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Democratic Presidential Campaigns Work To Appeal To Arkansas Voters

Frederick Love Fred
Michael Hibblen

With less than a month before Arkansas Democrats vote in the presidential primary, the state is getting more attention from the candidates’ campaigns. Arkansas is one of 14 states that will be taking part in Super Tuesday on March 3, with early voting to begin Feb. 18.

The campaign of former New York City Mayor Michael Bloomberg has a "Get It Done Express" bus tour that will be rolling through the state early next week. Bloomberg, who has visited Arkansas twice since announcing his candidacy, will not be participating, with the campaign saying that surrogates and supporters will hold three events in the state as part of the tour.

Michael Bloomberg
Credit Michael Hibblen / KUAR News
Presidential candidate Michael Bloomberg taking part in Little Rock's Martin Luther King, Jr. parade on Jan. 20.

A Fayetteville campaign office is scheduled to be opened Monday morning, then the bus will travel to Fort Smith for an event at a local brewery. On Tuesday, Columbia, South Carolina Mayor Steve Benjamin, who is co-chair of the Bloomberg campaign, is to lead a breakfast roundtable discussion at Arkansas Baptist College in Little Rock about economic justice and empowerment.

Earlier this week, former Vice-President Joe Biden got the endorsements of three African-American members of the Arkansas Legislature who spoke Thursday at an "Organizational Kickoff" event for the campaign. The candidate’s wife Jill Biden was also scheduled to speak, but campaign officials said weather caused her flight to be late, though she did later take part in a private fundraiser.

The campaign is working to regain momentum after a disappointing showing in the Iowa Caucus, which Biden called a “gut punch.” With 99 percent of the results in, Biden received just 15.8%, coming in fourth behind former South Bend, Indiana Mayor Pete Buttigieg, Vermont Sen. Bernie Sanders and Massachusetts Sen. Elizabeth Warren.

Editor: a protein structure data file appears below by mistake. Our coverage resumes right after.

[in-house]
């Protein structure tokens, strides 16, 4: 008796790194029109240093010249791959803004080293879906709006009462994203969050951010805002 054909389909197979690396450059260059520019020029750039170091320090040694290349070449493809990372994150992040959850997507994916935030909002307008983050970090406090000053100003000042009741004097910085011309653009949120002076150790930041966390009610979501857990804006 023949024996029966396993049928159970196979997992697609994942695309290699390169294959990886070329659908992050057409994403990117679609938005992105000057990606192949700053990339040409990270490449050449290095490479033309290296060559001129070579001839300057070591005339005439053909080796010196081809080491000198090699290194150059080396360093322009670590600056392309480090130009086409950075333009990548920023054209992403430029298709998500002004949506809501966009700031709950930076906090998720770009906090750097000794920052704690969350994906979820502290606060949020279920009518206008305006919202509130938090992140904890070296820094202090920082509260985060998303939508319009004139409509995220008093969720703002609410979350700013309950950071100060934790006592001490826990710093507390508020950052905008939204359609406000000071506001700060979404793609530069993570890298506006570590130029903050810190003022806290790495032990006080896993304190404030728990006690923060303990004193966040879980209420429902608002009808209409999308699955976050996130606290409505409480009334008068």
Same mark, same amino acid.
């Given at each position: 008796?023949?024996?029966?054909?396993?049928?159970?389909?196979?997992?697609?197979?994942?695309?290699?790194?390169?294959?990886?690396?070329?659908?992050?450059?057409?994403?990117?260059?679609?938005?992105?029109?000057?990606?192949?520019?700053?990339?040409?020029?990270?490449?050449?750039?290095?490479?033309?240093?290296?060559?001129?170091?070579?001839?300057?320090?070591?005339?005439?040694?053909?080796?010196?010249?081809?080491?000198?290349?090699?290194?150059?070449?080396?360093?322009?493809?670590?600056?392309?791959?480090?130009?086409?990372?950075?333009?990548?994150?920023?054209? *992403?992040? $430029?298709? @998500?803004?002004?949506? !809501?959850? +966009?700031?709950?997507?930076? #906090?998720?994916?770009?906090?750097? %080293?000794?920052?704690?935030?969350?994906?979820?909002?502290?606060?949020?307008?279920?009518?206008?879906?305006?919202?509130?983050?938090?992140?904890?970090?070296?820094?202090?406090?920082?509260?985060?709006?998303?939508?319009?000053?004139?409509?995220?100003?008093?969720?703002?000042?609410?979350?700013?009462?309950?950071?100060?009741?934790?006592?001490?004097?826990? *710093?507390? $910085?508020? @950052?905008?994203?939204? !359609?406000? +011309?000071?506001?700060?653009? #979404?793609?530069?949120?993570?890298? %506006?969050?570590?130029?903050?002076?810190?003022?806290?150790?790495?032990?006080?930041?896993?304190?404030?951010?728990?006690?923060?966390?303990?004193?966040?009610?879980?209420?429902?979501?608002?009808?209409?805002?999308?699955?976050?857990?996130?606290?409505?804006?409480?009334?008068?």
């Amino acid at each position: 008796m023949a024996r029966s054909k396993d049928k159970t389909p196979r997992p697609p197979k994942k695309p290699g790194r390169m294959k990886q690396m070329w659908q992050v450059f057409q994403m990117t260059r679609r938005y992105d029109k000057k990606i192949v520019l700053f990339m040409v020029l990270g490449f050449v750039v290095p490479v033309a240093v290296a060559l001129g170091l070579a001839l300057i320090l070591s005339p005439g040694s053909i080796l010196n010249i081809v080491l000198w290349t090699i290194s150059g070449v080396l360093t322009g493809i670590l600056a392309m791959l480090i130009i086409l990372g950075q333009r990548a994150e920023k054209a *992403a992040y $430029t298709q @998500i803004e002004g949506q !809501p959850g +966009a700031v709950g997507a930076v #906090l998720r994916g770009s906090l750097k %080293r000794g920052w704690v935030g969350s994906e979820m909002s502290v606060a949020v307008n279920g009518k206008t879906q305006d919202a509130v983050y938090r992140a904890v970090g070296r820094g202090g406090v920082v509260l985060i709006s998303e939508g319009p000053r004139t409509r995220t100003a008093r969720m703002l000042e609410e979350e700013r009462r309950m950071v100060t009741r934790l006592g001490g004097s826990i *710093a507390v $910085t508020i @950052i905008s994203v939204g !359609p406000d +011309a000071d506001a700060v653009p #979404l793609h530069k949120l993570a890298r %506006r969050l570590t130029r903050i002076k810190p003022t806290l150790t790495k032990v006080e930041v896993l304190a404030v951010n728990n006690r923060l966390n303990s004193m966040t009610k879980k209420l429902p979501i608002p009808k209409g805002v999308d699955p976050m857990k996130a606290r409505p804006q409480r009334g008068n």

State Sen. Linda Chesterfield of Little Rock helped organize Thursday’s event across from the state Capitol. She told KUAR News that she has liked Biden since first meeting him in 1996 at the Democratic National Convention in Los Angeles.

"I walked up to him and just said hello, and most folks just don’t have much time for you; he spent time speaking with me and just visiting, and just the decency came across to me," Chesterfield said.

She takes issue with Bloomberg because of his support of the New York City Police Department’s aggressive "stop-and-frisk" policy while he was mayor. In November, Bloomberg apologized for the public safety strategy which disproportionately saw African-Americans and Hispanics being detained and searched.

Biden serving as vice-president under President Barack Obama also clearly resonated with the crowd.

State Rep. Jamie Scott of North Little Rock called Biden the strongest leader among the Democratic candidates.

State Rep. Jamie Scott
Credit Michael Hibblen / KUAR News
Arkansas state Rep. Jamie Scott (D-North Little Rock) called Biden a progressive leader who has the ability to get things accomplished.

"I’m going to travel and do my best to do what I can to help him get elected," she told the crowd. "We just don’t put out our names on any candidate. If we’re stepping out there to endorse somebody, it’s because we believe that they have the skill set. Right now our nation is in a critical space and what we do next, who we decide to get out there and work for is very important because generations depend on us."

Arkansas House Minority Leader Frederick Love of Little Rock also endorsed Biden, citing his stances on foreign policy, healthcare, the economy and Biden’s character, calling him a great father.

With the candidate’s wife unable to attend the event as scheduled, Biden’s Southern Political Director Vince Evans spoke to the audience, saying it’s important that the Democratic Party have a nominee like Biden who can appeal to mainstream voters in states like Arkansas.

"We are not stopping. We’re going to keep going in this race, and this is going to be a long race. Ordinarily after Iowa, the field starts to winnow a little bit and there aren’t as many folks in the race as there was before Iowa, but everybody stayed in and so we go on," Evans said.

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